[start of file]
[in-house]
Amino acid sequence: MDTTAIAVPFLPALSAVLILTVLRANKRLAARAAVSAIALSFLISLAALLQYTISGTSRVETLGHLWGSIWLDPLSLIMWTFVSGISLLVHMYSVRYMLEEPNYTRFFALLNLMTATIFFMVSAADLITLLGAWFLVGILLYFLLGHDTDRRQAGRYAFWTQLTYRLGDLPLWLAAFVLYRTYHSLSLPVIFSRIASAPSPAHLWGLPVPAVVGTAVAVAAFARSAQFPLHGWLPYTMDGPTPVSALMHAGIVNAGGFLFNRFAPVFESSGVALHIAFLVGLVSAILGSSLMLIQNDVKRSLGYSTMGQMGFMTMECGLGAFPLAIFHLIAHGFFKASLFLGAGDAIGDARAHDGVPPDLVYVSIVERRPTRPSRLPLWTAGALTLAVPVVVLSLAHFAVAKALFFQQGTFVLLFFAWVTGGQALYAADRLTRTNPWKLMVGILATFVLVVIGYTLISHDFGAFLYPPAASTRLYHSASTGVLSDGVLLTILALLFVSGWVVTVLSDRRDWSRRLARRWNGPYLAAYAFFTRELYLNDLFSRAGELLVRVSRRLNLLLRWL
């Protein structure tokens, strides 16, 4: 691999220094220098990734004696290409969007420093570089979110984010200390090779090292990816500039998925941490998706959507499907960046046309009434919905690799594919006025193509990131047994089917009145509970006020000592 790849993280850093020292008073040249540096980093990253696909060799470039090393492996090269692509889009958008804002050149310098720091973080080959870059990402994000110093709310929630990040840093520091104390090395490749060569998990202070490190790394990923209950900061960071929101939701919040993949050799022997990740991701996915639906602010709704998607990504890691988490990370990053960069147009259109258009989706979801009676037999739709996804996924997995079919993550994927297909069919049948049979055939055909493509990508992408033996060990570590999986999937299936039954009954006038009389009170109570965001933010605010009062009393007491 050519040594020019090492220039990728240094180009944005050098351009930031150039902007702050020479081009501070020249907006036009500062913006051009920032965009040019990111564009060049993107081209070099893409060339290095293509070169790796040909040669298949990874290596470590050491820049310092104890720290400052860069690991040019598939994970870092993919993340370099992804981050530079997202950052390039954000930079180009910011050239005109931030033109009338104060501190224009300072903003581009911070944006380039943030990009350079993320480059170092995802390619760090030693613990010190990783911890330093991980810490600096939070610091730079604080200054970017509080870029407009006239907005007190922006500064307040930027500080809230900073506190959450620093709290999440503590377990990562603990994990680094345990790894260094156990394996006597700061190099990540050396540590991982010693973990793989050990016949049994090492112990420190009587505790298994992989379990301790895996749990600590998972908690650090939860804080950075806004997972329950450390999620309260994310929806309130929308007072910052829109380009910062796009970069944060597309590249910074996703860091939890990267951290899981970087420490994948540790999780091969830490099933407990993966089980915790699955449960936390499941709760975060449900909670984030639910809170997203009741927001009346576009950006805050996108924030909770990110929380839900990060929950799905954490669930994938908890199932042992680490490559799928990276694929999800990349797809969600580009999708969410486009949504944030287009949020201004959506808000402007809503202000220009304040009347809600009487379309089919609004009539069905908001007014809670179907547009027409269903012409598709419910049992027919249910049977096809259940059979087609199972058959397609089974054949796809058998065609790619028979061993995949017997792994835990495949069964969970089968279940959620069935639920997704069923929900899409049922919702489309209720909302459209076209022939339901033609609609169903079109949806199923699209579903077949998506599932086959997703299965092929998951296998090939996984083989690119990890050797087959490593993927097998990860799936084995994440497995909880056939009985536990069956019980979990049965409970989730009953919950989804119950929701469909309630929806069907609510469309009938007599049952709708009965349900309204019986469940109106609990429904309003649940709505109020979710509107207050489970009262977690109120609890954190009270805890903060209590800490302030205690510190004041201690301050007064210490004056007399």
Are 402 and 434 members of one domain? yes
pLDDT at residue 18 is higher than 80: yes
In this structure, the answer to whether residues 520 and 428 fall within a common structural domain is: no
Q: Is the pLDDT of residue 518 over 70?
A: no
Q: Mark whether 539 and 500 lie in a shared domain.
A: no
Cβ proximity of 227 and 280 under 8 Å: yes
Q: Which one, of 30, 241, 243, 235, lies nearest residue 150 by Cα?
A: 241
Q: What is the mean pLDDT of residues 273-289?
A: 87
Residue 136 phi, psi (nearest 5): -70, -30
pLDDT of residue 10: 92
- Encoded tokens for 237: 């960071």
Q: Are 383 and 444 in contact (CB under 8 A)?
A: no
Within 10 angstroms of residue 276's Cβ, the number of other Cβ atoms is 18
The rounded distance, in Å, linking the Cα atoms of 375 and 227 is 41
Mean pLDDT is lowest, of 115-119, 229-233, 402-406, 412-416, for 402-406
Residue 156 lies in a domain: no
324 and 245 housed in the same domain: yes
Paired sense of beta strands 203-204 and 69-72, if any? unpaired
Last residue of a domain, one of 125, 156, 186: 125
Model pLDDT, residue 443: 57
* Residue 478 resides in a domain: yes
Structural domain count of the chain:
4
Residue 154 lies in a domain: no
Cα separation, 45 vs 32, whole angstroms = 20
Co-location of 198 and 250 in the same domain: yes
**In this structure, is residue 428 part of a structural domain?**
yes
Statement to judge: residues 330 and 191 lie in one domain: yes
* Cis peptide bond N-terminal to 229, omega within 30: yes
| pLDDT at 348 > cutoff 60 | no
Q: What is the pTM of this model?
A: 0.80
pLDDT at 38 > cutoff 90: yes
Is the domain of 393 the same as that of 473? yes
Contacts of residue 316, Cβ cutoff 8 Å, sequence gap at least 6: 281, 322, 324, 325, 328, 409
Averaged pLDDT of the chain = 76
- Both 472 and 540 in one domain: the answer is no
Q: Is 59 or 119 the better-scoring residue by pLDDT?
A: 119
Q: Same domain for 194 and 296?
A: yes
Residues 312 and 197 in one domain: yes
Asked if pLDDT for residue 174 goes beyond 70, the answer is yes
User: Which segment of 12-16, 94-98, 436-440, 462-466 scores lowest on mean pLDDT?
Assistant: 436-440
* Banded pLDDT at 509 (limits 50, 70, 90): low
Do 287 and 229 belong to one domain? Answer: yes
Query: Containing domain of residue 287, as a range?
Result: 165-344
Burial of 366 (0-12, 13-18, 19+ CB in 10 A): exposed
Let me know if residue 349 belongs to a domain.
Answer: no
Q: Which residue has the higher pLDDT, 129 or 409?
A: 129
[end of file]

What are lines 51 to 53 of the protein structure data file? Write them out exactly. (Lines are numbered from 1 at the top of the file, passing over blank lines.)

Residues 312 and 197 in one domain: yes
Asked if pLDDT for residue 174 goes beyond 70, the answer is yes
User: Which segment of 12-16, 94-98, 436-440, 462-466 scores lowest on mean pLDDT?